International Meeting for Autism Research: Sensory Filtering Abnormalities in Autism Spectrum Disorder (ASD)

Sensory Filtering Abnormalities in Autism Spectrum Disorder (ASD)

Friday, May 21, 2010
Franklin Hall B Level 4 (Philadelphia Marriott Downtown)
1:00 PM
J. M. Baruth , Anatomical Sciences and Neurobiology, University of Louisville, Louisville, KY
E. M. Sokhadze , Psychiatry and Behavioral Sciences, University of Louisville, Louisville, KY
L. L. Sears , Pediatrics, University of Louisville, Louisville, KY
M. F. Casanova , Psychiatry and Behavioral Sciences, University of Louisville, Louisville, KY
Background: Individuals with Autism Spectrum Disorder (ASD) often have atypical reactions to the sensory environment. Sensory abnormalities generally associated with ASD are indicated by hypersensitivity and an extraordinary interest in certain sensations. In fact, it has been suggested that altered inhibitory control of sensory intake in ASD may cause sensory overload leading to avoidance of external stimulation. Sensory overload in individuals with ASD can impair functioning, raise physiological stress, and adversely affect social interaction.  Since all senses appear involved in the sensory abnormalities of ASD, an underlying cortical pathology is inferred.  It has been suggested that sensory abnormalities in ASD may be due to a lack of cortical inhibitory tone in cortical minicolumns--specifically a reduction in peripheral neuropil space. A disturbance in inhibitory function of the brain to irrelevant sensory input, i.e. an impaired ability to suppress evoked potentials elicited by task-irrelevant distracters, has been called ‘sensory filtering’. 

Objectives:  We wanted to test the hypothesis of a sensory filtering deficit in ASD by investigating event-related potentials elicited by task-irrelevant, illusory Kanizsa figures and non-Kanizsa distracter stimuli in a visual oddball task.

Methods: A 128 channel electroencephalographic (EEG) system was used on 15 high-functioning children and young adults with autism spectrum disorder (ASD) and 15 age-matched, typically developing control subjects. Subjects were required to respond with a button-press to rare (25% probability) Kanizsa squares (targets) among Kanizsa triangles (rare non-target distracters, 25% probability) and non-Kanizsa figures (standards, 50% probability) presented on a 15" display. EEG data were segmented off-line into 1000 ms epochs spanning 200 ms pre- to 800 ms post-stimulus onset. Data were digitally screened for artifacts and sorted by condition and averaged to create ERPs.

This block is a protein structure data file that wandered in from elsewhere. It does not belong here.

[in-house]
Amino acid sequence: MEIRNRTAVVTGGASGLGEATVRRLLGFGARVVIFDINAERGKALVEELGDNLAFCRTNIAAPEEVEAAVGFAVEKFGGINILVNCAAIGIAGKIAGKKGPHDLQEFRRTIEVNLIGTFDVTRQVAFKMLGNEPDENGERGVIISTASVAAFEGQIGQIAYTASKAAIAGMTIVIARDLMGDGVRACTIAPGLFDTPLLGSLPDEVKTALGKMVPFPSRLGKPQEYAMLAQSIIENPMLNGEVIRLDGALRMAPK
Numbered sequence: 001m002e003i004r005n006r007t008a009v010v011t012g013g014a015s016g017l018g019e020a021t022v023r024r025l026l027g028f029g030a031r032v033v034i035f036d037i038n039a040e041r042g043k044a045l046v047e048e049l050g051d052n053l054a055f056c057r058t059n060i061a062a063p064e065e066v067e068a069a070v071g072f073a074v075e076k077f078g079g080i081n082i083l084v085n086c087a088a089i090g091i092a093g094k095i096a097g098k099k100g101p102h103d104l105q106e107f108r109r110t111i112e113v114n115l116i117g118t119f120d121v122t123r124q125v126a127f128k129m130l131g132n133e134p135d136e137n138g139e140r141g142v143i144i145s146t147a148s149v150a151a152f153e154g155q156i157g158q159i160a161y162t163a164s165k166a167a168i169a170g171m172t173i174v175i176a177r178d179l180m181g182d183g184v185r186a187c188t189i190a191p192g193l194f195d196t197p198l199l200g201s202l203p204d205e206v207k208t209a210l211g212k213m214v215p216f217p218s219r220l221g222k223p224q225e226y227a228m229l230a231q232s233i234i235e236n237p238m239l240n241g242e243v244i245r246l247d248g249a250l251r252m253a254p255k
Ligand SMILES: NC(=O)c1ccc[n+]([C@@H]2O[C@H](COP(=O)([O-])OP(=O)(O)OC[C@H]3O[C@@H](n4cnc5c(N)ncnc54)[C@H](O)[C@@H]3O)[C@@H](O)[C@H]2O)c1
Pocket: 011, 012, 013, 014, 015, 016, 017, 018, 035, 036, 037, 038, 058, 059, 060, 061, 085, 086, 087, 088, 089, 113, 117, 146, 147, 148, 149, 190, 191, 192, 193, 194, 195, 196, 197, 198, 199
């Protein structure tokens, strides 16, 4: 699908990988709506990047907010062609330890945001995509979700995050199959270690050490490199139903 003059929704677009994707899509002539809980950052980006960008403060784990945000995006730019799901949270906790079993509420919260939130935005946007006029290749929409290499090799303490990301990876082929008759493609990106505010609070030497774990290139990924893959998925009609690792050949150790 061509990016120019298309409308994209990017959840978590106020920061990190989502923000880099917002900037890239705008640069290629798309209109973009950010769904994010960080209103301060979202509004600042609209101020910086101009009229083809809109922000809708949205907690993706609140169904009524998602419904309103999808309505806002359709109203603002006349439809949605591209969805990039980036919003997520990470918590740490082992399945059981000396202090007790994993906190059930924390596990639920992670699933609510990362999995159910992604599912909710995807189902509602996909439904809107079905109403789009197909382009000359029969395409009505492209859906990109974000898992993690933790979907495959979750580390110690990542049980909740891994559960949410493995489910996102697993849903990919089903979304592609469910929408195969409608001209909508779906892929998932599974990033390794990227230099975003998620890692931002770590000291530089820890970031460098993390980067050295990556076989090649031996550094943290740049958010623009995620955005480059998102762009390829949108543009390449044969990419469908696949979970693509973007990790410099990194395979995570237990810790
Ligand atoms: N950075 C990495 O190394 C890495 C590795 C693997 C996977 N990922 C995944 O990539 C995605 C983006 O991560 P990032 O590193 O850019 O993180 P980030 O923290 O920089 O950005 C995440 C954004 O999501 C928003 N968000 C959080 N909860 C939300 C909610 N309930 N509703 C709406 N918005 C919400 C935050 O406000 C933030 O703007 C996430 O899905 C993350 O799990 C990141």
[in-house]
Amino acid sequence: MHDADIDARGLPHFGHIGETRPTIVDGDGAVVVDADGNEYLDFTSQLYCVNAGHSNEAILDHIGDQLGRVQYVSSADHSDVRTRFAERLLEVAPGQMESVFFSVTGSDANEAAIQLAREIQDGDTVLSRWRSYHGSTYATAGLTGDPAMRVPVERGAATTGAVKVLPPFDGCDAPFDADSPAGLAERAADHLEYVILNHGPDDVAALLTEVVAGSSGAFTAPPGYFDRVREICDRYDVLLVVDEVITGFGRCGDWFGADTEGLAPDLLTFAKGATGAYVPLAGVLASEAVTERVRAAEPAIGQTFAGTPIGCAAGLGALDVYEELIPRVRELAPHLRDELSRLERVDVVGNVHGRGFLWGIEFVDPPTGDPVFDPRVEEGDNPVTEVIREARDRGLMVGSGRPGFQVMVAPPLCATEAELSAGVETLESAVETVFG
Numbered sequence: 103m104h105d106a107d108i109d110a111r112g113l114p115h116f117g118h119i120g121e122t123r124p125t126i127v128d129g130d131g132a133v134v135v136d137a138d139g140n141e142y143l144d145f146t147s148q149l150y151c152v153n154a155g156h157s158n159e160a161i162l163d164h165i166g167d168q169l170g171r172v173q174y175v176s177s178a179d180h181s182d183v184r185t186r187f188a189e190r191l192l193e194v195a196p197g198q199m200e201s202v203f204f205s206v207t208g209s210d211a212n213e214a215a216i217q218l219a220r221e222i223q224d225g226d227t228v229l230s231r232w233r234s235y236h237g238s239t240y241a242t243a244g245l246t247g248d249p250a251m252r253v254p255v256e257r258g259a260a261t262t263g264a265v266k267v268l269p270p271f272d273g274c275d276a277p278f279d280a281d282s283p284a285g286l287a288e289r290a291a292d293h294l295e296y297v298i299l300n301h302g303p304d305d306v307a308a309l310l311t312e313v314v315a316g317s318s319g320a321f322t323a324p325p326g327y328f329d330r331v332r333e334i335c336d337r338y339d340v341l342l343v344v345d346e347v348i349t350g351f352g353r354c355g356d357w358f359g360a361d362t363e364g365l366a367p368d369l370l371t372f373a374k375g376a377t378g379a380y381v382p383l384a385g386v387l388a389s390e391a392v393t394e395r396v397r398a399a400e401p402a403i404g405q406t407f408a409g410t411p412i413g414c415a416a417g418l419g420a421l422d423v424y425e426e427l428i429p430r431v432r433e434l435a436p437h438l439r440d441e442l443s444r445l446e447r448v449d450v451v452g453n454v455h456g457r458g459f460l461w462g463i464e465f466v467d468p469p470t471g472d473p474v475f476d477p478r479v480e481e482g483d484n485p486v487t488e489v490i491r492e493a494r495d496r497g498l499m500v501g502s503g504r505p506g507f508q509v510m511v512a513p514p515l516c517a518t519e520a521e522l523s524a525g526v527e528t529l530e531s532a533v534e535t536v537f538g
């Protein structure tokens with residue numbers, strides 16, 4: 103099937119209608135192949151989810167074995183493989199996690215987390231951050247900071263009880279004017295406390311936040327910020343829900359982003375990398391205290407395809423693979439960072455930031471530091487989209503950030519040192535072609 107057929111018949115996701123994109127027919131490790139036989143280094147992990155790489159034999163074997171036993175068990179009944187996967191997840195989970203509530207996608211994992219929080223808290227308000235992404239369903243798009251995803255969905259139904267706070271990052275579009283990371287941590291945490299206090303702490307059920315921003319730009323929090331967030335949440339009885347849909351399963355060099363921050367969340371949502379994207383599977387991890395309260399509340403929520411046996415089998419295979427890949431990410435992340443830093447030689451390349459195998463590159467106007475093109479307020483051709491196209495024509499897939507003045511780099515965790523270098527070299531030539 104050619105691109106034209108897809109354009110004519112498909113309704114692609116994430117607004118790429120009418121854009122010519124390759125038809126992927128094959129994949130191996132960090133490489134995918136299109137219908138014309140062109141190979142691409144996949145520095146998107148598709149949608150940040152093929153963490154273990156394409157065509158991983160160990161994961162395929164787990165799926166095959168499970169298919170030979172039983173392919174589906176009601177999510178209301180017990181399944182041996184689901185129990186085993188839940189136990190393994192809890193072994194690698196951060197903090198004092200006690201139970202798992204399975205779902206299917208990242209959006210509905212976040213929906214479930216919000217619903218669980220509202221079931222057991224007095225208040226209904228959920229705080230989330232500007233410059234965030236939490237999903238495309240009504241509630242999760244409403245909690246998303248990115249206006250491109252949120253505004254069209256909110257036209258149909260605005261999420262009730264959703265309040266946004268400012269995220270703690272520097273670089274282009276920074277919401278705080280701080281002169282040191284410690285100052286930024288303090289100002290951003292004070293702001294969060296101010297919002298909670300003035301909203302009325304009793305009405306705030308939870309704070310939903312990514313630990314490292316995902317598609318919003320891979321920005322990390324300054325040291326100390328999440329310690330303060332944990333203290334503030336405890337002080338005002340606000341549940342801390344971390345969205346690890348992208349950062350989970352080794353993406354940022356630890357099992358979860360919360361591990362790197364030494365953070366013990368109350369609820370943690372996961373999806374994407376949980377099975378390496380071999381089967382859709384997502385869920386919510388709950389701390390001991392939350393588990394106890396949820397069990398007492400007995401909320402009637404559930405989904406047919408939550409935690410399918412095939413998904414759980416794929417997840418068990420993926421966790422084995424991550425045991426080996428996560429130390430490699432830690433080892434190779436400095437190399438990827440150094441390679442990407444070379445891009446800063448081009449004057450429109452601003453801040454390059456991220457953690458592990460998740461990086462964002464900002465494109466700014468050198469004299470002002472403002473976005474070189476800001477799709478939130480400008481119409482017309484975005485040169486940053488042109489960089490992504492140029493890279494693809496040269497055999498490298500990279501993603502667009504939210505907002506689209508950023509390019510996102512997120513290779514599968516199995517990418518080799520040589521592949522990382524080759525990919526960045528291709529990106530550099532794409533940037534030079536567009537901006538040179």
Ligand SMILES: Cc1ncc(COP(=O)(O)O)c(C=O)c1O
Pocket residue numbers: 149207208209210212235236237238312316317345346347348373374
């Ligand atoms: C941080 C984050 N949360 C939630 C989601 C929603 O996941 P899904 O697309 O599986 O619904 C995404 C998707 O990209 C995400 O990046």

Results: Participants with ASD had significantly increased P50 amplitudes to non-target Kanizsa stimuli compared to controls at both parieto-occipital and frontal regions-of-interest (ROI).  N100 amplitudes were significantly more negative to target stimuli over frontal ROI, and N100 latencies to target stimuli were significantly prolonged over both frontal and parieto-occipital ROI. Also, individuals with ASD had equally augmented P200 amplitudes to all stimuli over frontal ROI with a lack of stimulus discrimination, and had significantly more commission and omission errors in motor responses to target stimuli.

Conclusions: As our results indicate, individuals with ASD failed to suppress task-irrelevant sensory stimuli at pre-attentive stages of visual processing compared to controls. We found difficulty in sensory filtering at pre-attentive (P50) stages disrupted stimulus discrimination in early attentive (N100), later attentive (P200), and behavioral stages (motor responses to targets), i.e. longer latencies to target stimuli at the stage of the parieto-occipital N100, lack of stimulus discrimination at the frontal P200 stage, and a significantly higher rate of error at the stage of motor responses. A sensory filtering deficit in individuals with ASD may impair functioning, raise physiological stress, and adversely affect social interaction. Further research on sensory filtering abnormalities in ASD may lead to earlier diagnosis and intervention by defining electrophysiological endophenotypes in infants and young children at a higher risk of developing ASD.

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See more of: Brain Structure & Function